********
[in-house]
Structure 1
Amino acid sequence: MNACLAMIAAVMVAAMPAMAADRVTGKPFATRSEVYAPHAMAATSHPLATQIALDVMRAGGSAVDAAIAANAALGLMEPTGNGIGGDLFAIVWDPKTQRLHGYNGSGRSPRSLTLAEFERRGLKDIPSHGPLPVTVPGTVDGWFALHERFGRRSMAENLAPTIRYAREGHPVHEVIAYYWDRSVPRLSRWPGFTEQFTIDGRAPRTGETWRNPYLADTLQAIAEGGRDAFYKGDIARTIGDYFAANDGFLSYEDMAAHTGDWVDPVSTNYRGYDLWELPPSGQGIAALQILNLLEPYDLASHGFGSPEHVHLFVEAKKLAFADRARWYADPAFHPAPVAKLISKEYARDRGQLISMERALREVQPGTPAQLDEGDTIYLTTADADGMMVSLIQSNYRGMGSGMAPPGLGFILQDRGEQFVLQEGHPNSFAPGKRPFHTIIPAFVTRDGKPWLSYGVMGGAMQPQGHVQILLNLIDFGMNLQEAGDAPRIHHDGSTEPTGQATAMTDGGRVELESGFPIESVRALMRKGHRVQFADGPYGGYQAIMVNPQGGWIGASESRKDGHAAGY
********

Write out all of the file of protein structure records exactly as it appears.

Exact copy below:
[in-house]
Structure 1
Amino acid sequence: MNACLAMIAAVMVAAMPAMAADRVTGKPFATRSEVYAPHAMAATSHPLATQIALDVMRAGGSAVDAAIAANAALGLMEPTGNGIGGDLFAIVWDPKTQRLHGYNGSGRSPRSLTLAEFERRGLKDIPSHGPLPVTVPGTVDGWFALHERFGRRSMAENLAPTIRYAREGHPVHEVIAYYWDRSVPRLSRWPGFTEQFTIDGRAPRTGETWRNPYLADTLQAIAEGGRDAFYKGDIARTIGDYFAANDGFLSYEDMAAHTGDWVDPVSTNYRGYDLWELPPSGQGIAALQILNLLEPYDLASHGFGSPEHVHLFVEAKKLAFADRARWYADPAFHPAPVAKLISKEYARDRGQLISMERALREVQPGTPAQLDEGDTIYLTTADADGMMVSLIQSNYRGMGSGMAPPGLGFILQDRGEQFVLQEGHPNSFAPGKRPFHTIIPAFVTRDGKPWLSYGVMGGAMQPQGHVQILLNLIDFGMNLQEAGDAPRIHHDGSTEPTGQATAMTDGGRVELESGFPIESVRALMRKGHRVQFADGPYGGYQAIMVNPQGGWIGASESRKDGHAAGY